The ringing bells and Christmas tunes of A Very Minty Christmas gave the previous short an air of melodramatic "warm fuzzies". This short is more straight-forward and sticks to bouncy personality. The core of this short is Wysteria, who is sort of an anti-Minty. Wysteria is graceful, not clumsy, shy, not brash, and refined, not whimsical. However, she's not afraid to get herself dirty to do what needs to be done.

This puts her at odds with the dragon Spike, who tries to train Wysteria in acting "above her friends" like a princess should. Honestly I like this new version of Spike. Old Spike was. . . well quite dumb. This duality presents an interesting humor, and it's quite a change from other episodes of the G3 line that are often single-minded and unchallenging. This short is a standard "Team Mom" trope, i.e. "Group A's pet project threatens to go down the drain with the removal of a key character." That sort of stuff.

The Breezies are, well they're idiots, and they've got this whole Charmed "Power of Three" thing going that's quite annoying. Thankfully, they don't take up a lot of space in the story.

A Charming Birthday, the bonus episode, is a three star affair. Compared with the original tv series and the Tales series, the world's first introduction to the G3 line seemed to have found a balance between the non-sense prancing fantasy gibberish of the original series and the magicless preteen politics of Tales. It was modestly humorous, and even though the animation seems crude by the standards of the later entries, it is hands down the best of the VHS era shorts.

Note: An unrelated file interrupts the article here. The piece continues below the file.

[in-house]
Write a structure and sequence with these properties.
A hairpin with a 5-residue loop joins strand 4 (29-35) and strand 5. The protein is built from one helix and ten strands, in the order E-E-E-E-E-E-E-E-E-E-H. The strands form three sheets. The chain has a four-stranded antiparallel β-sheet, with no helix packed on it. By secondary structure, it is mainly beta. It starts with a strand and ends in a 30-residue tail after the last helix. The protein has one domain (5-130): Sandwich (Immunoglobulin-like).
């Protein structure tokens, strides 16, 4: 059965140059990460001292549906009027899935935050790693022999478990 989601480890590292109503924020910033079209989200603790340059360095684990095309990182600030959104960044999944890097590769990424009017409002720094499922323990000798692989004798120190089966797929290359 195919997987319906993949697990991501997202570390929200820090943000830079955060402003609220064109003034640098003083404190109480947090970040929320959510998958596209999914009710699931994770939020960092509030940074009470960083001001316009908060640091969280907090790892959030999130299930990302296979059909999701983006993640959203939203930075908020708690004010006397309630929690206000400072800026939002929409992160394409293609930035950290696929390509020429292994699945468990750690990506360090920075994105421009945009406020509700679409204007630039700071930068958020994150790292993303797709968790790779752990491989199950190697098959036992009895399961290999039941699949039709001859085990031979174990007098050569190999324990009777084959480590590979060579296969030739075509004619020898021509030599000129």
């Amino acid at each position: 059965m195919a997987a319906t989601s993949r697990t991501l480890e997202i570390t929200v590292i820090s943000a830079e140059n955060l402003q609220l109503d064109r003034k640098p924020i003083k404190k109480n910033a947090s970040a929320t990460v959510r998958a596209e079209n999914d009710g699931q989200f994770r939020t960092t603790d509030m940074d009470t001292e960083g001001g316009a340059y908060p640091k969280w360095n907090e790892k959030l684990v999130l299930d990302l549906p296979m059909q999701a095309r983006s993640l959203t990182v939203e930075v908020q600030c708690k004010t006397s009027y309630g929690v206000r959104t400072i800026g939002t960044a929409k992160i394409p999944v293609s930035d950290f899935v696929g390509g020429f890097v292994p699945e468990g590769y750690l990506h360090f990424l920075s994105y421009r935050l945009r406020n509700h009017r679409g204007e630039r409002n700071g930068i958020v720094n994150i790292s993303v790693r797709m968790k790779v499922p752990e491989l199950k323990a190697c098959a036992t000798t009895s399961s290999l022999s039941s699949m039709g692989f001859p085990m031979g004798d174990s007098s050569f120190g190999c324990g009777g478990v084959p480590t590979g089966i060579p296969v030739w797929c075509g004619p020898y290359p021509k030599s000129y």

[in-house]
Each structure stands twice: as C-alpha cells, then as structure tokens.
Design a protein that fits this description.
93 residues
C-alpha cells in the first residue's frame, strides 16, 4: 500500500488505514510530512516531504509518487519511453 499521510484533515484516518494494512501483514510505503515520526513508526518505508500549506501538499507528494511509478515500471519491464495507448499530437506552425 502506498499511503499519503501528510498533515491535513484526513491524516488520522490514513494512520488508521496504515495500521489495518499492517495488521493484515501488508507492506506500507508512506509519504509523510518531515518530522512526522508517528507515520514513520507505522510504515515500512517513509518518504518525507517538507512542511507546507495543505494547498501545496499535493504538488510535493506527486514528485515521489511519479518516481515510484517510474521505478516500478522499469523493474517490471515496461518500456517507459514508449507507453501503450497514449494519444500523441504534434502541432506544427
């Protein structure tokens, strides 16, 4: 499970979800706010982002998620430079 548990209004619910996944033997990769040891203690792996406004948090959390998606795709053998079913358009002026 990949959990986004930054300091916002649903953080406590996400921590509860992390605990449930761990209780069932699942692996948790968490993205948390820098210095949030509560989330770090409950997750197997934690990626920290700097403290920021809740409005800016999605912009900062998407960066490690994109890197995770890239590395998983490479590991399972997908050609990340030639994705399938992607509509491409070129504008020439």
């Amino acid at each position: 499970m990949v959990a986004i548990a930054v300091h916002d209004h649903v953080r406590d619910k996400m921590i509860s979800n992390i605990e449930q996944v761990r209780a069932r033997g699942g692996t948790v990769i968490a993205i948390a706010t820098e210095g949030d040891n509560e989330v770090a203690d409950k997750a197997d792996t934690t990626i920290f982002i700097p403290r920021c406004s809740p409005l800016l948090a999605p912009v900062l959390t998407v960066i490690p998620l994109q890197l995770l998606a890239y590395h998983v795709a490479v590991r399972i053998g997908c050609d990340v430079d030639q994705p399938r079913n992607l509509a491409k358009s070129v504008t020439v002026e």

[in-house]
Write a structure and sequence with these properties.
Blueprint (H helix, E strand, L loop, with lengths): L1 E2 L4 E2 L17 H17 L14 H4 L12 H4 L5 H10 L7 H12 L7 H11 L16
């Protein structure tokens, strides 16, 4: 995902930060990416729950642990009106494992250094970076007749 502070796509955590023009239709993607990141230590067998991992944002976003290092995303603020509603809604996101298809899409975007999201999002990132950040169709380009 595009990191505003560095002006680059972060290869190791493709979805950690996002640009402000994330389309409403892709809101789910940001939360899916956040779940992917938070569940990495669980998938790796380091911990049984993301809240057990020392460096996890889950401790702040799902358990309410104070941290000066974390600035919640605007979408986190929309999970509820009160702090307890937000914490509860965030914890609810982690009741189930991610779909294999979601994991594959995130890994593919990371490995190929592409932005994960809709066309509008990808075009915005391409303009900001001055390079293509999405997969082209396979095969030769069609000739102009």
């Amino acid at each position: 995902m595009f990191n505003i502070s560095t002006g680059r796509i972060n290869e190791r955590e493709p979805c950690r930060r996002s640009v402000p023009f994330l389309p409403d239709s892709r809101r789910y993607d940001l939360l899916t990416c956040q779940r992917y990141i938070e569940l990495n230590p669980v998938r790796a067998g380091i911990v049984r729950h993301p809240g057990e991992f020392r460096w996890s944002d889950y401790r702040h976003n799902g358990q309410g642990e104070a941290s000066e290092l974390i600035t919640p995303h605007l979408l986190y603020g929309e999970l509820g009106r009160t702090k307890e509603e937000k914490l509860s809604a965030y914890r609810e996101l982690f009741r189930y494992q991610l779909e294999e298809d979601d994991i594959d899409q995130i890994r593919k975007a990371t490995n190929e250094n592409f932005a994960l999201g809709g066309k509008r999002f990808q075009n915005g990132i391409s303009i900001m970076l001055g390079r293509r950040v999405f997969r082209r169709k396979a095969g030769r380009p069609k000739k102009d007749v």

Well I've said it before and I'll say it again. Forty-five minutes of disposable entertainment. You really can't go wrong with this kind of nonsense.

animated cartoon My Little Pony: A Very Minty Christmas © Hasbro / Paramount Pictures / Sabella Dern Entertainment
My Little Pony: A Very Minty Christmas
Rated it: 3
posted: Feb 08, 2010
There are probably three camps of people who will react differently to the thought of yet another full length video to the popular 80s toy My Little Pony. The camp of "What? These guys haven't died yet?" The camp of "Generation 3 is awful! Give me back the 80s!" And the camp of Minty.

While My Little Pony broke into the new millennium a few cartoons before this one with "A Charming Birthday" and concentrated on Kimono, a teacher type pony, and Pinkie Pie, their leader, people who dig the new style tend to fall into the camp of Minty. Minty is the unofficial second mascot of the G3 line. Pinky Pie is the head of the household, but Minty steals the show while quietly bowing from the sidelines.